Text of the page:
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Blog > September 2018 > End User Productivity – Access is Essential but not Everything

End User Productivity – Access is Essential but not Everything

In my last blog post, I noted that organizations often struggle with application sprawl and can benefit from tools that improve access to enterprise resources in a way that is contextually relevant. One answer is to consider digital workspace platforms, which allow IT to predefine a subset of applications needed for a particular role or task and then make them available to end users.

But the challenges of application sprawl go beyond access: end users still must navigate the labyrinth-like structure of the enterprise applications themselves. Accessing an application is not the same thing as obtaining what’s needed from it—nor doing so in an efficient manner. Digital workspaces can extend beyond delivering a link to an application to actually connecting users directly to specific areas of a sophisticated application, providing ready and easy access so they can get things done.

Consider commercial enterprise applications such as Salesforce or SharePoint. These sophisticated environments offer a tremendous range of capabilities, but as their usage grows within an organization, end users often struggle to find the information they need. The very size and complexity of the environments can make navigation a challenge if one is not a daily, intensive user. The problem is exacerbated if lack of governance permits old and outdated information to remain in these systems. For example, though they are individual applications, users can still struggle to find a particular report in Salesforce or a specific document or folder in SharePoint. Knowing what is accurate and up-to-date is often not documented. That challenge diminishes productivity, as well as the user experience. It also leaves the user at risk of using information that is wrong.
Such navigational challenges are even greater with bespoke applications that are developed by enterprise IT. Usually, only frequent and dedicated users will know where information is and how to get there. Employees who are unfamiliar with the application structure waste time searching (often unsuccessfully) for the information they’re seeking.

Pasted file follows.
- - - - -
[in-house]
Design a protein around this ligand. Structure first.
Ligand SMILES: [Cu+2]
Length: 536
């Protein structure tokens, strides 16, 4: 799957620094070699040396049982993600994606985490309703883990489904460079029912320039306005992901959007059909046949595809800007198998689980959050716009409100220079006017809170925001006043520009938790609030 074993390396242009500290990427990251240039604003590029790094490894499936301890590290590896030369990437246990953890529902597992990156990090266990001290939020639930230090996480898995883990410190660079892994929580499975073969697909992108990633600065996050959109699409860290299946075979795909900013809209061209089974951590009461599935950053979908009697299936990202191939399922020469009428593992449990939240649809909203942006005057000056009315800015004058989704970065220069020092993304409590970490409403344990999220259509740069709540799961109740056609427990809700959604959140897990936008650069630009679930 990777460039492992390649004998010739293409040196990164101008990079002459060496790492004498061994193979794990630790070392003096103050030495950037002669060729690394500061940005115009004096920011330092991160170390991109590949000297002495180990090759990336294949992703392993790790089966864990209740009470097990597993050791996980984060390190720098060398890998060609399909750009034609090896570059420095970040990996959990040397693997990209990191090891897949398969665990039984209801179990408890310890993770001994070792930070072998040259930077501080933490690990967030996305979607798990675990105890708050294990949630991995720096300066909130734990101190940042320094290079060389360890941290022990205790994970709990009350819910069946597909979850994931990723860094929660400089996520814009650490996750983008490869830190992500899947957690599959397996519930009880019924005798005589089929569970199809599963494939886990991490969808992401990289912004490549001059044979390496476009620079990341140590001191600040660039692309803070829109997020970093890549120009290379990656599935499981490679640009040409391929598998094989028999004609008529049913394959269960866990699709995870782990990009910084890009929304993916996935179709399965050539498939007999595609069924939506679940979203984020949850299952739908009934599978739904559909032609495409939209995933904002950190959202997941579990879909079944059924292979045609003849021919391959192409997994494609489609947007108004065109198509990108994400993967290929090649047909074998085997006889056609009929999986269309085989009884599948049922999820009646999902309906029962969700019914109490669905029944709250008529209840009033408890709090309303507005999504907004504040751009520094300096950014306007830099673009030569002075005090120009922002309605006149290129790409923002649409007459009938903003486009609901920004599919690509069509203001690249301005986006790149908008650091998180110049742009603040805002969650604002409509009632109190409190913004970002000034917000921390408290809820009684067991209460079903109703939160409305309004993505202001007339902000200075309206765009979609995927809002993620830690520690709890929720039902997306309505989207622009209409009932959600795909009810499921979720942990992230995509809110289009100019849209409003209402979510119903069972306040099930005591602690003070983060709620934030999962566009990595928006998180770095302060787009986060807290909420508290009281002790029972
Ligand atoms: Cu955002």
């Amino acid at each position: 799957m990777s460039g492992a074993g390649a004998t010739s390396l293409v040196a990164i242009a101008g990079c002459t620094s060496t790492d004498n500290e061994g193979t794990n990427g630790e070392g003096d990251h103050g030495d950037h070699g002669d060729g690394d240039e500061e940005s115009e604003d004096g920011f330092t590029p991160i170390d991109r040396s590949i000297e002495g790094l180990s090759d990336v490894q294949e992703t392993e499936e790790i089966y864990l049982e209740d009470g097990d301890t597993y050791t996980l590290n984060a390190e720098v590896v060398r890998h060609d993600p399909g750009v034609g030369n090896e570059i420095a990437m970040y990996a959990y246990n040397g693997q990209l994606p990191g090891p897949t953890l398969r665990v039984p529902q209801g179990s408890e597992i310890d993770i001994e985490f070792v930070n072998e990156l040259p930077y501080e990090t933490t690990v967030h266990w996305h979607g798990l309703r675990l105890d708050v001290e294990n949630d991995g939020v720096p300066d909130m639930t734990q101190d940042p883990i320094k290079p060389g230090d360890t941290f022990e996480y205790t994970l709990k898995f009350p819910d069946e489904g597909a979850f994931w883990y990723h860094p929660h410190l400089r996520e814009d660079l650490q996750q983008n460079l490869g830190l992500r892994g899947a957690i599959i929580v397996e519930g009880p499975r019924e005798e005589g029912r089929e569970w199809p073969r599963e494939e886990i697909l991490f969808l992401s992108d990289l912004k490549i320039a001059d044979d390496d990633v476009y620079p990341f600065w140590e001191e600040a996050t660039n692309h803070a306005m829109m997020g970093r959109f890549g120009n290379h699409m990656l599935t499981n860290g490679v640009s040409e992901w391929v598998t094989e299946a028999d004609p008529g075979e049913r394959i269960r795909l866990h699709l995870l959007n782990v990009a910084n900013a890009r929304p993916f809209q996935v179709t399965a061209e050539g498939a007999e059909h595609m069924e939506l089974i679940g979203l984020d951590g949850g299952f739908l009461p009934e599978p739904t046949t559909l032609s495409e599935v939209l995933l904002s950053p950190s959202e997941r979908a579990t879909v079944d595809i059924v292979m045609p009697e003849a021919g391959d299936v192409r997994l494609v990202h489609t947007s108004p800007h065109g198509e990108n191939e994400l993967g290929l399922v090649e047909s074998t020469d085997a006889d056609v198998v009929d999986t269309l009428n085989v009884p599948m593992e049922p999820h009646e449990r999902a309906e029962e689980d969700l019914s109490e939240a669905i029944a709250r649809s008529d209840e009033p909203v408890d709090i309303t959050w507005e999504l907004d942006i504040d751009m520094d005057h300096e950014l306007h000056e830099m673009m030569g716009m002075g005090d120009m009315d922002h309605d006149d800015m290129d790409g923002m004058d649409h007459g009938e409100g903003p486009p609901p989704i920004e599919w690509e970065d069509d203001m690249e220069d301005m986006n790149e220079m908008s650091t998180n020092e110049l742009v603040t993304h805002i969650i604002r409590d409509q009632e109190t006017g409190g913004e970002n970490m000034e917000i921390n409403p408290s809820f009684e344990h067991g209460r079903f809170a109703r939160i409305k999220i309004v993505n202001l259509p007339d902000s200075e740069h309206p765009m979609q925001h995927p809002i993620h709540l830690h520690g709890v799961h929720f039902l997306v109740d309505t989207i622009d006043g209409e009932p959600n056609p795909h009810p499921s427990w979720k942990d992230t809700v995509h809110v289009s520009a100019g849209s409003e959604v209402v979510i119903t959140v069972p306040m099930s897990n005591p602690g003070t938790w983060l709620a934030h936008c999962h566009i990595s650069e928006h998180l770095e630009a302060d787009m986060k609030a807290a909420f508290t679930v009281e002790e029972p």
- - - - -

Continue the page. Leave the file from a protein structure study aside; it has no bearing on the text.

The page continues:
A digital workspace can automate such navigation, taking employees where they need to go—whether it is to a particular part of an application or a specific folder in a content repository. But productivity does not have to end there. For example, ASG’s Workspaces offers programmable widgets that can automate data exchanges between different applications to further reduce or eliminate mundane, repetitive tasks and ensure efficient operation. Rather than stopping at the front door of an application as a traditional portal does, ASG’s Workspaces facilitates the work that needs to be done within the environment.

ASG’s approach to widgets within its offering reflects a maturing industry perspective regarding the business motivation for end user technologies like digital workspaces. Enterprises want to move beyond the “command and control” mindset of earlier generation tools like virtual desktop infrastructure (VDI), which focused on managing licenses and controlling user behavior. Organizations can manage that end-user environment and do so in a way that delivers employee empowerment and engagement. Security and data protection will always be priorities in planning, but providing a work environment that fosters productivity should be of equal importance.

To learn how ASG can help optimize your digital work environment, check out our Workspaces solution.
 
Posted: 9/11/2018 8:07:13 AM by Chris Martins | with 0 comments
Filed under :access, content, digital, information, management, transformation, workspace, Workspaces


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